New Brexit Spies

The appointment of David Frost as the UK’s new National Security Adviser (NSA) is ruffling quite a few feathers in the UK’s intelligence community. Frost has no experience in the world of intelligence and alongside his work as NSA, he will continue his work as the head of the team handling Brexit negotiations with the EU. This suggests that the UK government thinks that being NSA is not a full-time job. Frost is to be given a peerage along with his new appointment.

The removal of Sir Mark Sedwill from the post follows the removal of Sir Philip Rutnam, Permanent Secretary at the Home Office in February (he was responsible for MI5) and Sir Simon McDonald, the Permanent Secretary at the Foreign Office, just two weeks ago (he was responsible for MI6 and GCHQ). This completes a clearout of Britain’s top security officials. They are being replaced with personnel more “in tune” with the current administration’s ideas.

The departure of McDonald was fairly quiet as he was coming to the end of his time anyway, but both Sedwill and Rutnam fought hard against their removal. As a result, they were both briefed against by the Government’s media contacts in what the senior civil servant’s union, the First Division Association, described as a “cowardly” way. Rutnam was so upset at his treatment that he is suing the government. Sedwill has been promised a peerage and subsequently seems to have dropped his opposition to the move.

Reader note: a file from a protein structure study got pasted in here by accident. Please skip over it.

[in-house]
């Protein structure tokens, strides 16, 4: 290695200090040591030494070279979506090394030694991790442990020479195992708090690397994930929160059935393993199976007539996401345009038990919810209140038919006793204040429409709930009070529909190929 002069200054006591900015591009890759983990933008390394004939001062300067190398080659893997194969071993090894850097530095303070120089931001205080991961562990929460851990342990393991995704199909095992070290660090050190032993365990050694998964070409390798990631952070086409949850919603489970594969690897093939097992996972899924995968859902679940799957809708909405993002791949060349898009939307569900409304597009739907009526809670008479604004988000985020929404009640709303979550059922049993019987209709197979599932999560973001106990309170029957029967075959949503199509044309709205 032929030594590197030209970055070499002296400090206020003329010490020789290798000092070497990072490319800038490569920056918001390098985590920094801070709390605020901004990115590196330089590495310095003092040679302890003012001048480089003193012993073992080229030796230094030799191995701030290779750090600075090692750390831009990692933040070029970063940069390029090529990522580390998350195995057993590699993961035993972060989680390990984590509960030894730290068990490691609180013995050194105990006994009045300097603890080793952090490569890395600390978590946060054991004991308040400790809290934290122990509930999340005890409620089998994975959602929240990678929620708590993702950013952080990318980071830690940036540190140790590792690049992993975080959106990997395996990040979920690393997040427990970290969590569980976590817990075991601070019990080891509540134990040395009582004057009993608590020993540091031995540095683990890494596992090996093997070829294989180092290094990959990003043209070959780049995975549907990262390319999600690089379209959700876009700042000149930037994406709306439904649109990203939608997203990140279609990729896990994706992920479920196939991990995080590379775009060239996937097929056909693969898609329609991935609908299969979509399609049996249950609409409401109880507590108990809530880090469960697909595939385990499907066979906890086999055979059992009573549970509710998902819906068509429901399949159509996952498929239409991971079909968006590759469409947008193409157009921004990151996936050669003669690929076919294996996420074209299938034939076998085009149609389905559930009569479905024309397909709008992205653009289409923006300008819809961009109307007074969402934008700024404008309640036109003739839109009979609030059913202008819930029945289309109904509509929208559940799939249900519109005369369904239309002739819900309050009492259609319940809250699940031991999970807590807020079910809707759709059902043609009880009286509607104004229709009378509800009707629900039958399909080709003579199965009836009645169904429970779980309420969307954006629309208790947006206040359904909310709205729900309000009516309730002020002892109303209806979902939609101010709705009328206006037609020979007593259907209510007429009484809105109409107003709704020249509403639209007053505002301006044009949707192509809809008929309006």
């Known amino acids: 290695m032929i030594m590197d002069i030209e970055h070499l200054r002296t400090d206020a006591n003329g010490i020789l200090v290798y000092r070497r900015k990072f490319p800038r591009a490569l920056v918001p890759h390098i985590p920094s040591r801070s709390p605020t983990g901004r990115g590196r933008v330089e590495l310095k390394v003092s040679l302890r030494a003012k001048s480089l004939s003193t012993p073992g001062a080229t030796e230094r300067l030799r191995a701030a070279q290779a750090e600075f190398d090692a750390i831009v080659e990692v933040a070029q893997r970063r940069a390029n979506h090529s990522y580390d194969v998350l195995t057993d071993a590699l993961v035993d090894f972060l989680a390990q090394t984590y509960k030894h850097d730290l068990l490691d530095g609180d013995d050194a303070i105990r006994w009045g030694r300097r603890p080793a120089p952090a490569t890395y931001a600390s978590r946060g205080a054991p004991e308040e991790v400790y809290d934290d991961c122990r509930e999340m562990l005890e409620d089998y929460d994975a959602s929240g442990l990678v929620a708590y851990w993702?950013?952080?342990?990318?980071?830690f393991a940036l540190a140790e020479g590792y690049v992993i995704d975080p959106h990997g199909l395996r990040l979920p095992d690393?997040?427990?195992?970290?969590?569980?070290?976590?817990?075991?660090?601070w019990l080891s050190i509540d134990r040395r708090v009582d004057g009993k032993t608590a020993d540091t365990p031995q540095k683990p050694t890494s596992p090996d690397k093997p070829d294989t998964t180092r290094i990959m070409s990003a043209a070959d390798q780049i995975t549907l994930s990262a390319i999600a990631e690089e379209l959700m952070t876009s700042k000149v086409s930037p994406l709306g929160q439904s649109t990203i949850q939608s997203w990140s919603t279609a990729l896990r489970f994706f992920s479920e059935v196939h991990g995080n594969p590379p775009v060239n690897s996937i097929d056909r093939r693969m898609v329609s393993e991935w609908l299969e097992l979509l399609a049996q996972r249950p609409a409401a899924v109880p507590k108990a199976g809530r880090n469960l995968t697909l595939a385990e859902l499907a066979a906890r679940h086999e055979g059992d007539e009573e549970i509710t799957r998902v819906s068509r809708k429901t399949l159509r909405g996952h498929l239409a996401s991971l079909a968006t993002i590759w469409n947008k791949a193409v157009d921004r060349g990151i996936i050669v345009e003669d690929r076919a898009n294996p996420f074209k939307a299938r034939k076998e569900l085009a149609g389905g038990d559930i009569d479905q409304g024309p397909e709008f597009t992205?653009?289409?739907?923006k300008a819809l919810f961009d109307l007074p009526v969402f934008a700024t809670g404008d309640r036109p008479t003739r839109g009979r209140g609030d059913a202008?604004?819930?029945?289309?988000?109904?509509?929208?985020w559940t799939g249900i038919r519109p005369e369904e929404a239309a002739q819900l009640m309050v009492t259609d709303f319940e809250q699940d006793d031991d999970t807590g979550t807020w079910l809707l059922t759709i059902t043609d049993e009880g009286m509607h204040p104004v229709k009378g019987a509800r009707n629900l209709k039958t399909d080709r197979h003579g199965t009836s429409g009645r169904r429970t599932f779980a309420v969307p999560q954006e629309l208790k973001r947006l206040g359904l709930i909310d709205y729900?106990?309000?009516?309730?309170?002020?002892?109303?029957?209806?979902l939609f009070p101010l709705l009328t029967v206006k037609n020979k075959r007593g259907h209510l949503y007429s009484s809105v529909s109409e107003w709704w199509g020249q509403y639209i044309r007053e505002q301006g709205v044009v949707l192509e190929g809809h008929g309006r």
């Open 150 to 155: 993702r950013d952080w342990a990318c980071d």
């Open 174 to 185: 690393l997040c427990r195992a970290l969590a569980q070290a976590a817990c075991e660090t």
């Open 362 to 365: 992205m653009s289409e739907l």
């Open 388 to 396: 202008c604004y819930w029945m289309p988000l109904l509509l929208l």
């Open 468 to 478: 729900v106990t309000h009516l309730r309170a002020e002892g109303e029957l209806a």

The government’s plan is now to remake the UK’s security apparatus in a much more pro-Brexit image. The private advisers around the UK Prime Minister, led by Dominic Cumming, believe that there will not now be a trade deal with the European Union. They believe that the two sides will end up in a state of commercial war. They want to see the UK’s foreign intelligence services (GCHQ and MI6) turning their focus to gather commercial and political intelligence which will aid them in this battle against the EU. This situation is pretty much as Russian intelligence analysts predicted when they recommended support for Brexit as a way of promoting conflict in Europe.

What they did not foresee is that MI5 is now expected to turn more of its attention to dealing with internal opposition to Brexit policies. Government advisers believe that in order to make the UK attractive to foreign investors it will be necessary to take measures against environmental protection and employment rights that may lead to opposition by political groups in the UK. Suppressing that dissent will be an important part of UK policy. This change of emphasis will be subtle, but, according to some analysts, increasingly prevalent. It will be interesting to see if this is indeed the case. Defenders of the government have described such stories as scaremongering.

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